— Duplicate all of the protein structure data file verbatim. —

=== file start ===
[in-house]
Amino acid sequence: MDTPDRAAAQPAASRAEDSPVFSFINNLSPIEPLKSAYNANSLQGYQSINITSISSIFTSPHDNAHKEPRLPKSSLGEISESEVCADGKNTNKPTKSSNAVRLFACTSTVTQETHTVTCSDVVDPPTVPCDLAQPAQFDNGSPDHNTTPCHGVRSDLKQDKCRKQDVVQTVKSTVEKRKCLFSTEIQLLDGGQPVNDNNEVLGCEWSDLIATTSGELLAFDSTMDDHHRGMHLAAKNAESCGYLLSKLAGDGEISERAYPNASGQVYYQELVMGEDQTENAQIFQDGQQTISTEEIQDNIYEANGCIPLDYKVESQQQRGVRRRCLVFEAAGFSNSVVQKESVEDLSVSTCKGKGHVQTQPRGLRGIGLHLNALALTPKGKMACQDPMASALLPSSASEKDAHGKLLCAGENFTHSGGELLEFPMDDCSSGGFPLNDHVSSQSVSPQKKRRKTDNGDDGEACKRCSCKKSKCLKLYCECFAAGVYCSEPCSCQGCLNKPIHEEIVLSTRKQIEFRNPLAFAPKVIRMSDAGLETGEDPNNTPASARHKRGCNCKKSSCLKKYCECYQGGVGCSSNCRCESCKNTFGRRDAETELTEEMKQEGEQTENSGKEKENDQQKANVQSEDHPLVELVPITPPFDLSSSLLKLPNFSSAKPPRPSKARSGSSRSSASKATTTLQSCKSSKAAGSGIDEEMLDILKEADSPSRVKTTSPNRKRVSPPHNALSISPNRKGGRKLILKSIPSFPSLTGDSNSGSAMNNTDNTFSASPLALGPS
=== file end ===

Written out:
[in-house]
Amino acid sequence: MDTPDRAAAQPAASRAEDSPVFSFINNLSPIEPLKSAYNANSLQGYQSINITSISSIFTSPHDNAHKEPRLPKSSLGEISESEVCADGKNTNKPTKSSNAVRLFACTSTVTQETHTVTCSDVVDPPTVPCDLAQPAQFDNGSPDHNTTPCHGVRSDLKQDKCRKQDVVQTVKSTVEKRKCLFSTEIQLLDGGQPVNDNNEVLGCEWSDLIATTSGELLAFDSTMDDHHRGMHLAAKNAESCGYLLSKLAGDGEISERAYPNASGQVYYQELVMGEDQTENAQIFQDGQQTISTEEIQDNIYEANGCIPLDYKVESQQQRGVRRRCLVFEAAGFSNSVVQKESVEDLSVSTCKGKGHVQTQPRGLRGIGLHLNALALTPKGKMACQDPMASALLPSSASEKDAHGKLLCAGENFTHSGGELLEFPMDDCSSGGFPLNDHVSSQSVSPQKKRRKTDNGDDGEACKRCSCKKSKCLKLYCECFAAGVYCSEPCSCQGCLNKPIHEEIVLSTRKQIEFRNPLAFAPKVIRMSDAGLETGEDPNNTPASARHKRGCNCKKSSCLKKYCECYQGGVGCSSNCRCESCKNTFGRRDAETELTEEMKQEGEQTENSGKEKENDQQKANVQSEDHPLVELVPITPPFDLSSSLLKLPNFSSAKPPRPSKARSGSSRSSASKATTTLQSCKSSKAAGSGIDEEMLDILKEADSPSRVKTTSPNRKRVSPPHNALSISPNRKGGRKLILKSIPSFPSLTGDSNSGSAMNNTDNTFSASPLALGPS